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The Villain Has a Point


I remember seeing Roland Emmerich’s disaster of a disaster film, “2012,” all the way back in 2009. Upon leaving the theater, only only thing stuck in my head, apart from how terrible the movie was: Oliver Platt’s character, Carl Anheuser, was totally right.

In the film, he was portrayed as this evil disgusting lump of a man who was only interested in money. Just look at him in the picture above, with his glass of champagne and his evil, lumpy sneer. He looks like a guy who would steal candy from a baby, lace it with arsenic and then give it back to the baby.

In reality, Carl was the sanest character in the film. He single-handedly took an international disaster (literally the end of the world as we know it) and created a way for humankind to survive.

How did he do it? He built ships that could not only keep humans alive for a long period of time, but also were highly advanced and sophisticated pieces of technology that could ensure mankind wouldn’t regress into a clubs-and-sticks caveman-like civilization. He secured some of the world’s best art, literature and other texts so language and artistic expression would remain a part of human culture. He brought in animals and plant life so our natural ecosystem wouldn’t die out. He pooled parts of the average human gene pool so that humankind would be able to reproduce and maintain each of its multiple cultural identities.

He even kept the freaking world governments alive so society wouldn’t turn into chaos and cannibalism after the world was flooded.

And how did he pay for it? With wealthy backers willing to buy their way to survival. While the film touts this as evil and wrong, in truth it’s not only realistic, but smart. Why are some of these people the wealthiest in the world? Because they’re smart, connected and resourceful. Either that, or they’re the freaking Queen of England, who was presented in the film as some sniveling old lady hobbling around with her two dogs.

If I had to choose between Bill Gates and John Cusack’s character, Jackson Curtis … I’d go with Bill Gates. He can at least help technology survive and / or thrive after the world ends. What can Jackson do, write a cheesy book?

Another supposed evil that’s presented in the movie is how spacious the accommodations are in the ship’s cabins. Chiwetel Ejiofor’s character, Adrian Helmsley, walks into his cabin and declares “We could fit at least ten people in here.” Here’s the problem with that sentiment: While it’s noble and humanitarian of him to Adrian to want more people to live, he needs to realize that whoever’s on the ships could be there a very, very long time. Months, years, decades … who knows how long it would be until dry land became a possibility, if it ever could? Imagine if you were packed like a sardine into a tiny cabin for months or years on end. It would turn into chaos, and quickly.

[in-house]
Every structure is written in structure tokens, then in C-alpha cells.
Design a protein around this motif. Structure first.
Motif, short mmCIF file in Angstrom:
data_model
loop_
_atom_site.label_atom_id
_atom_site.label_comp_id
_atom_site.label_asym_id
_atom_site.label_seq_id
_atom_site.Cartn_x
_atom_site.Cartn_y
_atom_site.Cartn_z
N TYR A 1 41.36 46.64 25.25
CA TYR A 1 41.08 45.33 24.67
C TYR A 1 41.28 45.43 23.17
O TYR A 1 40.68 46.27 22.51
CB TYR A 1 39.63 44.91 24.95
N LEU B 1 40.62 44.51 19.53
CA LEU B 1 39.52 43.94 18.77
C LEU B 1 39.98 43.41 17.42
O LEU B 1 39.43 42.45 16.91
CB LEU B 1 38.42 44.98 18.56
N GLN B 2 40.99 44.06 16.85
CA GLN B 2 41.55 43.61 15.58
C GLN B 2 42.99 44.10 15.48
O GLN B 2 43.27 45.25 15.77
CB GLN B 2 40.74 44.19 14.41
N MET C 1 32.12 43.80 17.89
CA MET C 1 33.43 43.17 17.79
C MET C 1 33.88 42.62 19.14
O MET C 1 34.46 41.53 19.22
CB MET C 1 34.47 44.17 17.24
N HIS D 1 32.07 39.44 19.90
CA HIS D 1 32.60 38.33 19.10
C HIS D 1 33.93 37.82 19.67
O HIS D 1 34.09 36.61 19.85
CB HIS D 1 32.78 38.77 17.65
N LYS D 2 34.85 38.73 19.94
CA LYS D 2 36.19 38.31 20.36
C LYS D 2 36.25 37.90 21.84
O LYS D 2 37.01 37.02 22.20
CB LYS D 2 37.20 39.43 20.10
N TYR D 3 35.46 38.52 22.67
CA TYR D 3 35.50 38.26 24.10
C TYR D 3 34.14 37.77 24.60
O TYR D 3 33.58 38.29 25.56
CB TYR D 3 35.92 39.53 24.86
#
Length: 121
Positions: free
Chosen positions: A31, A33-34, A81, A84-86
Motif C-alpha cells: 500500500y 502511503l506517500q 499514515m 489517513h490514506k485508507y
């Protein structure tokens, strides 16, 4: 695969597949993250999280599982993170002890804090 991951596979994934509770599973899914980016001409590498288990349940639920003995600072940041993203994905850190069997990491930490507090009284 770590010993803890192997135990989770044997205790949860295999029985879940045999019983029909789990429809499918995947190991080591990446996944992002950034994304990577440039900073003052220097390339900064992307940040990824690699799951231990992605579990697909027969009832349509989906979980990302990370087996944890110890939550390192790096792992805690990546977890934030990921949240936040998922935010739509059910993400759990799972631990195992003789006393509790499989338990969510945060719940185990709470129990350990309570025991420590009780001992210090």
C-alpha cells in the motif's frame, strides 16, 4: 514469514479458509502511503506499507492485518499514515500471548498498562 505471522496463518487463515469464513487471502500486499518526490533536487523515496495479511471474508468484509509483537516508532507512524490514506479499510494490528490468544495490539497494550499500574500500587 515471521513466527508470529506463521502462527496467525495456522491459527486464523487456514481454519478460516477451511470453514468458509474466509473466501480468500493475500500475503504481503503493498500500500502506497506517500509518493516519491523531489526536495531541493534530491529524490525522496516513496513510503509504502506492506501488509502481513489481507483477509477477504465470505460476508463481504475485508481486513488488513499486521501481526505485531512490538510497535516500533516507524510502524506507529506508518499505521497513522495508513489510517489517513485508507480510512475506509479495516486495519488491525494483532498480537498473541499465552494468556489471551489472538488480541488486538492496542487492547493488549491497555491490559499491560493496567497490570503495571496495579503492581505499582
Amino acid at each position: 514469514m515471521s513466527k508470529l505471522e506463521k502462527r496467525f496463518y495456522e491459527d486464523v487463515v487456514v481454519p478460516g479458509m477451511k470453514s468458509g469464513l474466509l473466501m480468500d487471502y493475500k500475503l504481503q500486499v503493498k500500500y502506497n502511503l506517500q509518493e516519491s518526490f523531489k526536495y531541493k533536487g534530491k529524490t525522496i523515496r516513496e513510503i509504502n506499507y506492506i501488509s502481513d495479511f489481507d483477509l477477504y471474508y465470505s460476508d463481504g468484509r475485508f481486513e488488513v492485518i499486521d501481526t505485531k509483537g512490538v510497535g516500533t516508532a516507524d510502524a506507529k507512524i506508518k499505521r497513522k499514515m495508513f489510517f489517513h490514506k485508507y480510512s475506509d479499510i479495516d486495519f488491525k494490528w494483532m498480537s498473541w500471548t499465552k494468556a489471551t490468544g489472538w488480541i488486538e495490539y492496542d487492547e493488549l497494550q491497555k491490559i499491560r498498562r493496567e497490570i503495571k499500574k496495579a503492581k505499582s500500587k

The rooms weren’t meant as temporary storage spaces (a.k.a. cages) for humans; they were meant to be homes. I’m sure at least 20 people could have fit into Adrian’s two-bedroom apartment … but did he open his doors for the homeless or downtrodden? Hypocrite.

In the end, one of the most tragic things about the film is its supposed noble intentions. Arguments are made to save a few random people, mainly Jackson’s family, while literally six billion other people are wiped off the face of the planet. No thought is given to those people, other than the fact that they stand in Jackson’s way. Oliver Platt’s character was concerned with the survival of humanity, while the rest of the so-called “noble” characters were only concerned with the survival of one man against a sea of six-billion others who did not survive.

And yet Carl is the one with the evil sneer.

One Comment leave one →
  1. 25/04/2012 05:07

    Jainomo! Insightful and the kind of 180 perspective I love. Lloyd Dobler colored glasses made me completely miss this. I have watched this movie more times than I care to admit. And love it. THis will give me something to consider next time it sucks me in.

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